Life of Wine
Grapes in their ground
Each grape variety has different characteristics and there are also many varied types of soil, suiting particular grapes and in some ways imparting a geological influence. Very broadly speaking, chalky soils help produce quality white wines, for example, and clay soils better suiting red wines. Vines are also quite hardy, with tap roots that can reach metres below the surface to find water tables and rich nutrient beds – and in fact, poor soil does provide low yields but of fine, quality wine.
A year's seasons of change
The main wine-producing regions of the world used to lie between 30 and 50 degrees latitude, although with climate change, that belt is widening or at least evolving as global temperatures increase. In general, vines prefer sunnier climates but within this band there is a huge range if one considers the cold hills of Germany to the desert like vineyards of Spain, all with grapes flourishing as there are certain grape types that are suited to particular climates. In general, the dangers are frost, hail and wind. While climate is what can generally be expected of a region or area, the actual weather patterns may vary from year to year and this is one factor that can influence, and therefore lead to the importance placed on vintage.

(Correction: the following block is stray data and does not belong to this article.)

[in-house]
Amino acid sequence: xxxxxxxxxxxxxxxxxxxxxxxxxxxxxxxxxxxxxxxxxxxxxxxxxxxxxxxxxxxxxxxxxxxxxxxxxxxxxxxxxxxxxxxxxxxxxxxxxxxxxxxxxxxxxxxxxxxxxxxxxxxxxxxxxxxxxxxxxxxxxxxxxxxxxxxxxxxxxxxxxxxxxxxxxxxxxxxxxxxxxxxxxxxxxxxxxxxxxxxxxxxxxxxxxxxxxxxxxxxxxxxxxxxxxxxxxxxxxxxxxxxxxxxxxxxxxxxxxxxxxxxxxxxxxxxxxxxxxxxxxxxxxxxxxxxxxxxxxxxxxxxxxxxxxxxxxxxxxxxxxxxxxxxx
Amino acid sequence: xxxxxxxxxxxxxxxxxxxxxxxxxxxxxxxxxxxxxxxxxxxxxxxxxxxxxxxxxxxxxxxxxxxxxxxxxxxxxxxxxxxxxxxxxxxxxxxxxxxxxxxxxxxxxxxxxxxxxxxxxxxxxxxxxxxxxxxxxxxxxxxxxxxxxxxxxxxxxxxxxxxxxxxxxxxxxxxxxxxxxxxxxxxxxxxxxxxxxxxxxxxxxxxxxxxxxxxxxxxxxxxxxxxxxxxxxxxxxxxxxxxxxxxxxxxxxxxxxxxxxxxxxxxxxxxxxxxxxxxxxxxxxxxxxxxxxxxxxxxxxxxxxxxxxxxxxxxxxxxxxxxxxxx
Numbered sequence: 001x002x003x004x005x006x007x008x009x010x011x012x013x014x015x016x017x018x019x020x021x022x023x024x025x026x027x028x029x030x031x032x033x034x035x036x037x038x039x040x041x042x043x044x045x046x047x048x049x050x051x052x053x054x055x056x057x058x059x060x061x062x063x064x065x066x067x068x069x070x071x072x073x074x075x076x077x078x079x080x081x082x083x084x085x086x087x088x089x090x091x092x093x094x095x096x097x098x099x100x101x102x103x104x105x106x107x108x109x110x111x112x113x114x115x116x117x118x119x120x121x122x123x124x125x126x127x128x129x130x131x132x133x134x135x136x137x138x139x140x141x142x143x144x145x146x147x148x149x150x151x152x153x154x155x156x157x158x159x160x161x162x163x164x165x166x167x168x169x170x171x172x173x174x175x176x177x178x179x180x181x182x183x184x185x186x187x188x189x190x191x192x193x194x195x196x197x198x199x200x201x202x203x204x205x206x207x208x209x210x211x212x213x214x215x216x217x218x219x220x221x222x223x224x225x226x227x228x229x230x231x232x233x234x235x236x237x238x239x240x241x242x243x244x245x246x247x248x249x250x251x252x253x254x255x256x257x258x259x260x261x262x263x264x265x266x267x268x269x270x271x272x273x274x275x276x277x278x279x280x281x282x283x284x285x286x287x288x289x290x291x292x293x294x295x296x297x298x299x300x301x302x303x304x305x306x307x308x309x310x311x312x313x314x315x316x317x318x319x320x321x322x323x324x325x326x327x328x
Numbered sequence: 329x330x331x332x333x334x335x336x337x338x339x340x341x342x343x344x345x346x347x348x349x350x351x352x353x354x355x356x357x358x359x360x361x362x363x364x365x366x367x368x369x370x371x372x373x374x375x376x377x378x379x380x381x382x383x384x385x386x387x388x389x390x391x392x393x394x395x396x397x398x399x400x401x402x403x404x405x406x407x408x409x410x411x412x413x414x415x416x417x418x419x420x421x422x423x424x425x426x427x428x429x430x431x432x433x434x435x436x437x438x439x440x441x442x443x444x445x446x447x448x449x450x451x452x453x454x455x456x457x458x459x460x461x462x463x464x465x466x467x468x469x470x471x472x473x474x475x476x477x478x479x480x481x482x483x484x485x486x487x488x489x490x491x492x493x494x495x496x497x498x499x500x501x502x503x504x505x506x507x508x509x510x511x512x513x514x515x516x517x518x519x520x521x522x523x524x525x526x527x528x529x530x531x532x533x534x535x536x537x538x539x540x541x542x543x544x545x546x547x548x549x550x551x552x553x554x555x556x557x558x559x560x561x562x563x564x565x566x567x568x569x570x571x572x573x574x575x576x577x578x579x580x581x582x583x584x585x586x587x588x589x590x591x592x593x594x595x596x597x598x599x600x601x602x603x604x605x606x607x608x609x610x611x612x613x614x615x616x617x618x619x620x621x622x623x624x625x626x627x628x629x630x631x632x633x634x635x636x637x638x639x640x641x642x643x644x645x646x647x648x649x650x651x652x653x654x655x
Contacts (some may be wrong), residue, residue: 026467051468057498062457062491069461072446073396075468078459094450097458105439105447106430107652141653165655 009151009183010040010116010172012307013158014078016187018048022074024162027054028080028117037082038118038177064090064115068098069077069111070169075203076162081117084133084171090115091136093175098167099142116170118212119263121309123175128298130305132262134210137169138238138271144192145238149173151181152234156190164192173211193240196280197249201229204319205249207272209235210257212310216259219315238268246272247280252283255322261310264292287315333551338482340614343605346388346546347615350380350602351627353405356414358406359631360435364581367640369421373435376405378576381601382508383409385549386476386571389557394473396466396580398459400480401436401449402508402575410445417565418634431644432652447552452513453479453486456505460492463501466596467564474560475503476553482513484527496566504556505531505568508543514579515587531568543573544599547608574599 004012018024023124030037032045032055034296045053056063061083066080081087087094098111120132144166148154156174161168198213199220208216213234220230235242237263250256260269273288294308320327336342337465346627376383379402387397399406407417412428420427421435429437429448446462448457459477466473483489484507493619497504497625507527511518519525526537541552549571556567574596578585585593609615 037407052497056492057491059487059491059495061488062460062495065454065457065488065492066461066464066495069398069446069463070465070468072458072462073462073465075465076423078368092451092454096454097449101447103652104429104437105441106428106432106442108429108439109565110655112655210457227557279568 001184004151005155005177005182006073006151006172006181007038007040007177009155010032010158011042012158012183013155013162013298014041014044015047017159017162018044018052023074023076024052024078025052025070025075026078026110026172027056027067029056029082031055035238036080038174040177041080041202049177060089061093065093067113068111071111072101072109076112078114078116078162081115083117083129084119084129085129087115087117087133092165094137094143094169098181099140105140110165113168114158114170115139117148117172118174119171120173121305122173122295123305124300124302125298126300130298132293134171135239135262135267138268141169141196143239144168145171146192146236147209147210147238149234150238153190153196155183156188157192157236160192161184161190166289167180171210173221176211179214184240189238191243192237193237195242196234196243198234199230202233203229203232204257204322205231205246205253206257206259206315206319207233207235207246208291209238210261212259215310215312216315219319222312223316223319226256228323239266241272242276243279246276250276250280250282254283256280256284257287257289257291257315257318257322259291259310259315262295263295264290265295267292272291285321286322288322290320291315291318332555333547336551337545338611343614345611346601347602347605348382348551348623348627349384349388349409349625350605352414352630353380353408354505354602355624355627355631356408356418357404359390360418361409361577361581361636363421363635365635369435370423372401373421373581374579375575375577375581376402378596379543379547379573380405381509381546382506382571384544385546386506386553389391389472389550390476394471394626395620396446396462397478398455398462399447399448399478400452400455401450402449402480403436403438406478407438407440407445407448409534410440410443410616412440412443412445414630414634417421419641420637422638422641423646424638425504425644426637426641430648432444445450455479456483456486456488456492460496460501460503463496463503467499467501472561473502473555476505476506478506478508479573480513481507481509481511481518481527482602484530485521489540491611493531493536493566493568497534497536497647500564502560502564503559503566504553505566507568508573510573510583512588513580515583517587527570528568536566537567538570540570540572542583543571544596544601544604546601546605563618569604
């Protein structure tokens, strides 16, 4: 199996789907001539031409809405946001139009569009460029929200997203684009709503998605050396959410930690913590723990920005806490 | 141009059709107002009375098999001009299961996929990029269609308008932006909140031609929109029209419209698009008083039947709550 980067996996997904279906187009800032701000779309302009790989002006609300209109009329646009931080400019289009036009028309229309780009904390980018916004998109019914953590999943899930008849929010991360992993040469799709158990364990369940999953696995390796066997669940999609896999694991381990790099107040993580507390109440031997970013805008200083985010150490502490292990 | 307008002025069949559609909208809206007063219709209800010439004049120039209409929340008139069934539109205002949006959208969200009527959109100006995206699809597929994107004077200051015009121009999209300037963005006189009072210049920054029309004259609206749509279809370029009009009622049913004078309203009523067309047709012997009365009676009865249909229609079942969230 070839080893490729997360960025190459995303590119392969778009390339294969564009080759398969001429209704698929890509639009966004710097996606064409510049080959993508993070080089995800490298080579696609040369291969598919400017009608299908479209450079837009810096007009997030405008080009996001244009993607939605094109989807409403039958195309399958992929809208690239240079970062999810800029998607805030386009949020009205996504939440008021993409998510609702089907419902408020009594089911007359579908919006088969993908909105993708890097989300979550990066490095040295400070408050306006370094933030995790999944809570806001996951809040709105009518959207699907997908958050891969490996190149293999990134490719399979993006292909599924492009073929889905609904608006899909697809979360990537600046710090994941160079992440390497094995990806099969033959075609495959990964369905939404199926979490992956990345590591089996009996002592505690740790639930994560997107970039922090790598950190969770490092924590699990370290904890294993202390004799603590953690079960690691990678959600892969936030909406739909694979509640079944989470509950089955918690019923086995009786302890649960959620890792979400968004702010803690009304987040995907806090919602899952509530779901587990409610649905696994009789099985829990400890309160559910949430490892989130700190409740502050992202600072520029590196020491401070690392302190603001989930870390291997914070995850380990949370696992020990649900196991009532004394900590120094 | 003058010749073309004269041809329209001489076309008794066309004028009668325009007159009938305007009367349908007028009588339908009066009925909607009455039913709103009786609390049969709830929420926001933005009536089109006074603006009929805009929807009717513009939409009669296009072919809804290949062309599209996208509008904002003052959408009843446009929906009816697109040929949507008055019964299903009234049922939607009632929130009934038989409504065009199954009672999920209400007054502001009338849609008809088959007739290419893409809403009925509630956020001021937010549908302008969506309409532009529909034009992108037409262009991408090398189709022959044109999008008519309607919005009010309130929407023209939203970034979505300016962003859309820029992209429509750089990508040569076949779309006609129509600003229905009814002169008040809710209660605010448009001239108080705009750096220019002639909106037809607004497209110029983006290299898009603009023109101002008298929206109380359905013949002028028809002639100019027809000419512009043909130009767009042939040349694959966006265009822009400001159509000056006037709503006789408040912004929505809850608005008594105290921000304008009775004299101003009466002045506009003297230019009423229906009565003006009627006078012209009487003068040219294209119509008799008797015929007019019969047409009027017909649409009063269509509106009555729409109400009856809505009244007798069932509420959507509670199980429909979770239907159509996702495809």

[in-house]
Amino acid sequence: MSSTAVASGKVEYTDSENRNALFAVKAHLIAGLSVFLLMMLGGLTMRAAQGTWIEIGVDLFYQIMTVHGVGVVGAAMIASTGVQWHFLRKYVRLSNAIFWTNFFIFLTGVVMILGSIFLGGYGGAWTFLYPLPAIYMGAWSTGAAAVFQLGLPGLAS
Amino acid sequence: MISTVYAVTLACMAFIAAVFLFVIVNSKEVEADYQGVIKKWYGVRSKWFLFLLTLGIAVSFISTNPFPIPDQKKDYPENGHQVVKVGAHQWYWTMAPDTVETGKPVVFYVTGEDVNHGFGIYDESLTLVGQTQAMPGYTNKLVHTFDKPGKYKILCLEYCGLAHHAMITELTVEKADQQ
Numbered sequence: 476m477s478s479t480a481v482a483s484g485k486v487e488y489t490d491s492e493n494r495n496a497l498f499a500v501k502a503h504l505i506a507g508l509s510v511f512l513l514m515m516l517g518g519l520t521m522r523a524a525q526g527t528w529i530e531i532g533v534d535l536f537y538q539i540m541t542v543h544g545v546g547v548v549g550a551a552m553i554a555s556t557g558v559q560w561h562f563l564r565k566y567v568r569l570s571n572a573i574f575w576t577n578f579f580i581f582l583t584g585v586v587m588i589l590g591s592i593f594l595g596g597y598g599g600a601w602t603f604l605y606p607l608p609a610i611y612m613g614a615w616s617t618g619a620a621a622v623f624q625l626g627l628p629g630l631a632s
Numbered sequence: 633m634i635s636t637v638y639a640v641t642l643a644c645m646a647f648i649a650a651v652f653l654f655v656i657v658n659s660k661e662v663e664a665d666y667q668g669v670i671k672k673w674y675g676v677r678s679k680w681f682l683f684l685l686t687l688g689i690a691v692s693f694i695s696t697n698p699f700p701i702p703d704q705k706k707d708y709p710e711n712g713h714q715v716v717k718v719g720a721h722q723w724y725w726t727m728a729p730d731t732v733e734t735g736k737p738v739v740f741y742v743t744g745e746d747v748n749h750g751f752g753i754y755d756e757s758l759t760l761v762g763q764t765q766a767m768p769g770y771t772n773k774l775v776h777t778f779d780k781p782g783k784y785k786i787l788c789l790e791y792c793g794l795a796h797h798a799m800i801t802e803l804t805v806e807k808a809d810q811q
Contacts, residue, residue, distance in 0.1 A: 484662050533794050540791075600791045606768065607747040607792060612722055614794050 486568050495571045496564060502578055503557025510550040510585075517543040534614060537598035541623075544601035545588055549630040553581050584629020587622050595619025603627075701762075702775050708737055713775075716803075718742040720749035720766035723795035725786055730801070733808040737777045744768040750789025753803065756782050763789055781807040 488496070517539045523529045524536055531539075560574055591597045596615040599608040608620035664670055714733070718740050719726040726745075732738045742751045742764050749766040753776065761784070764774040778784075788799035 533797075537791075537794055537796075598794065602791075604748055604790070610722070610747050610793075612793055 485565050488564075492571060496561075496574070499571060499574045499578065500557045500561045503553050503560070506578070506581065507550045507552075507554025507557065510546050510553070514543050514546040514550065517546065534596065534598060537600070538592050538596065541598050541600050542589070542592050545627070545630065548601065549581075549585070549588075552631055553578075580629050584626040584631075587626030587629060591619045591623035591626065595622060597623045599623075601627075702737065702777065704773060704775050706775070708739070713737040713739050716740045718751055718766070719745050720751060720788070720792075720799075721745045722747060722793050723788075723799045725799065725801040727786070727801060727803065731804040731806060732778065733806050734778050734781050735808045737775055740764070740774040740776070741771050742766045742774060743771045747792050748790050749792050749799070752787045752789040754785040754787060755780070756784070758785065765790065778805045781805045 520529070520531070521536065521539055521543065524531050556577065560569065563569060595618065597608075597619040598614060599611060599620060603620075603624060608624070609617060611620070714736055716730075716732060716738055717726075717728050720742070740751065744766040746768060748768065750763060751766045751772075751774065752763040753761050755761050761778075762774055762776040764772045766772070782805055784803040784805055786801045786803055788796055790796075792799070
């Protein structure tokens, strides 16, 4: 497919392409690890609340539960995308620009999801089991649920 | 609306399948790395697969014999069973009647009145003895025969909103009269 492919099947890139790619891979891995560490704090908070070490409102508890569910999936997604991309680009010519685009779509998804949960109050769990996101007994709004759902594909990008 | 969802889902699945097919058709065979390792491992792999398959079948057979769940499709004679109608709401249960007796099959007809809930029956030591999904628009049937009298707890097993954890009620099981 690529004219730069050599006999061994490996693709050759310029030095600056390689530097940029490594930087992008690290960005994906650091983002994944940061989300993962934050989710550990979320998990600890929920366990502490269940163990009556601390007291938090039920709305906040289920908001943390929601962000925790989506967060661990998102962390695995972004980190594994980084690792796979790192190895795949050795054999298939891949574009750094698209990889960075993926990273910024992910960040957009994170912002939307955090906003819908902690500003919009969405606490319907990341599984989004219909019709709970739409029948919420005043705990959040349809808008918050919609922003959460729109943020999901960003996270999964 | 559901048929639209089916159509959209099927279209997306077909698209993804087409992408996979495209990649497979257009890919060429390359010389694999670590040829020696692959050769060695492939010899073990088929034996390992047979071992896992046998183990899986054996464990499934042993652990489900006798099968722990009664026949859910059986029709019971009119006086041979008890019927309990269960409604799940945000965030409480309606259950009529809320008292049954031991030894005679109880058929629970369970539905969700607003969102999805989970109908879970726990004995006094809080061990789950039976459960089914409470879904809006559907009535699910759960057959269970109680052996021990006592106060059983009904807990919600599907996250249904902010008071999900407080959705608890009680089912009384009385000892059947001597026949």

From vine to cellar
These are the methods of vine and grape growing / agriculture and then methods of turning the grapes into wine. Viticulture includes the vital farming practices carried out during each of the seasons. The conversion of grape juice into wine is essentially down to the key part of vinification: fermentation, which can be natural or controlled.
Wine tasting is carried out in a sequence of logical steps, according to certain principles – appearance, clarity, smell etc, in order to give some structure to a wine’s description, characteristics and style. Judging wine has a very practical use in terms of understanding harmonious wine-and-food pairings, writing informative wine lists and for essential cellar notes for storage; for example. An overview from the Wine Spirit and Education Trust:
Sight: Appearance of Clarity, Intensity and Colour
Smell: Aroma and Bouquet
Taste: Sweetness/dryness, Tannin/Oak, Acidity, Weight or Body, Alcohol, Fruit, Length, Balance
Aroma is often noted as the primary smell of a young wine, while bouquet denotes a more matured wine displaying more detailed characteristics. Finally, always consider quality in terms of provenance, age with maturity potential, and – while looking at the overall combined characteristics – the value for money when weighing these factors up against actual price.